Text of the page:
Transport and communications planners alone cannot, of course, create the world described in opinon poll 3. But they can create conditions which will make such a world impossible […]

He therefore argues for priority to be given to policies which:

give absolute priority to those forms of land use and modes of transport – walking, cycling and local bus services – that promote a human scale of living

Well. That seems an extreme dystopian view of everything. It simply cannot be right. I’m sure my selective quotation does not look convincing – clearly Adams has overlooked this, that and the other obvious thing, and of course it was written in 1996. However, I think it is worth reading the whole thing. When I read it myself I found his conclusions chilling.

Ultimately the argument comes to the conclusion that we simply have to travel less – and yet I see no possibility of this happening because I cannot see that there is any limit on our desire for mobility. Obviously, it is better to be able to get about, travel a bit. Obviously, it’s bad to be confined to your village or town all your life and never see the sea or visit a foreign country. And yet, if too much casual travel (and who decides what is “casual”?) is as problematic as Adams argues, where do we draw the line? And who draws it? There is no logical point at which increasing travel passes from “life-enhancing” to “life diminishing”. As with so many sustainability issues, we simply have to engage with this – yet it is almost certain that the more-powerful are going to try and hijack it as a way of maintaining their power.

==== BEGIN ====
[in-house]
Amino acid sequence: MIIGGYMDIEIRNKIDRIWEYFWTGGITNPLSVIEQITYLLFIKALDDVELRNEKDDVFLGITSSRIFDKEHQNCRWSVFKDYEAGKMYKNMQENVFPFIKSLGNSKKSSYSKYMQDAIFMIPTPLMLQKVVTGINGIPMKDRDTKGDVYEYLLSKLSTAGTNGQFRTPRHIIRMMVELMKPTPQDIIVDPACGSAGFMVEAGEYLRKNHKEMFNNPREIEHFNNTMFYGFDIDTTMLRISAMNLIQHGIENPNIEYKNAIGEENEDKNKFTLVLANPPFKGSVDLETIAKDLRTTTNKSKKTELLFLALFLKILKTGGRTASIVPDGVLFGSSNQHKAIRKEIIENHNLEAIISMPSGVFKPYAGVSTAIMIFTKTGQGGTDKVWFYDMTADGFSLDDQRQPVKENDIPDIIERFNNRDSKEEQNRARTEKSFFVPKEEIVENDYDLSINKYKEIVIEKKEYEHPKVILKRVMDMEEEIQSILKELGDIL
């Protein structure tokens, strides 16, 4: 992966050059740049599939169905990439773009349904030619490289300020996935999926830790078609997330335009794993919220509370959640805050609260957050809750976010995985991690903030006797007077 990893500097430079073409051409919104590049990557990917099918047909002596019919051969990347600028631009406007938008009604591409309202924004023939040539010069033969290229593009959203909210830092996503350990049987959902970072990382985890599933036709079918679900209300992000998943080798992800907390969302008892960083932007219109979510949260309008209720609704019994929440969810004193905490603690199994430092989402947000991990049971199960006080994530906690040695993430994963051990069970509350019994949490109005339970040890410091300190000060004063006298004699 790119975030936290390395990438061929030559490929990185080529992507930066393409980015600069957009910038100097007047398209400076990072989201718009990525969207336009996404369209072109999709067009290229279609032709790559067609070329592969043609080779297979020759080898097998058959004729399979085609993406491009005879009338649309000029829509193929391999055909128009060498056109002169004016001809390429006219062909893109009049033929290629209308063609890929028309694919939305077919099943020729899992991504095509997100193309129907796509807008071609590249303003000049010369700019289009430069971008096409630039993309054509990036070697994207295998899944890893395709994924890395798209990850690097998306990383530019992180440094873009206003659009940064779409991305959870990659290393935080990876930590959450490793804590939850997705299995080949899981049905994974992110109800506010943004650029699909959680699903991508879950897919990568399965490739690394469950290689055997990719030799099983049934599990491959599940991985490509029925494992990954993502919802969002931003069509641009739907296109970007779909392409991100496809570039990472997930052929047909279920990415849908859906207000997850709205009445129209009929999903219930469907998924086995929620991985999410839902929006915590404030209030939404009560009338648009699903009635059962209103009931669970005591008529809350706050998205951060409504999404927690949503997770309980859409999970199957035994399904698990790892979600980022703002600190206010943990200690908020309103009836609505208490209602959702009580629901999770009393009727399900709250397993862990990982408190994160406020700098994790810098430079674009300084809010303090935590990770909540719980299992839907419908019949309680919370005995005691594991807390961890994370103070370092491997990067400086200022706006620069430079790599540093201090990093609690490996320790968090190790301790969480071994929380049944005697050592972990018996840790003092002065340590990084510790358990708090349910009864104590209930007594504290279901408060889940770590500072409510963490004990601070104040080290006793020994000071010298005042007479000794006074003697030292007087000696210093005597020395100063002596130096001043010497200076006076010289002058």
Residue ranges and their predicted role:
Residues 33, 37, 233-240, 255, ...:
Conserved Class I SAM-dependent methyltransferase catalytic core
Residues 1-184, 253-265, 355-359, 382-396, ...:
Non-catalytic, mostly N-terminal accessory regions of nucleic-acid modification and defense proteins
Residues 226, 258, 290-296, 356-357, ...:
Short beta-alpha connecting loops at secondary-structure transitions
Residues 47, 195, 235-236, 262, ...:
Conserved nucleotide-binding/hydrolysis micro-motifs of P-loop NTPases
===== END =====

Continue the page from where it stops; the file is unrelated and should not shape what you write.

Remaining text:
So don’t expect a simple conclusion from me – this isn’t that sort of blog.


See the following other posts:

The problem

How much choice do we really have?

More about choice


The problem restated

Epidemic of sloth

I have mentioned previously that I reckon one of the most serious of the negative effects of motorized traffic is car-induced sloth.

There is a ton of evidence that physical activity is almost incredibly beneficial to health – if it were a drug you could swallow they would have put it in the water supply by now. “A ton of evidence”. Hmmm yes, that is a bit handwavy, I know. So, for my imaginary reader who is a naïf in the shouty world of transport policy:

* A bibliography of some actual proper journal papers

*A more lengthy (and chatty) compendium of evidence from Cycling England (and the very fact that the government created a quango to promote cycling tells you something about the amount of evidence)

If you care to google some suitable terms, you will find that there is more.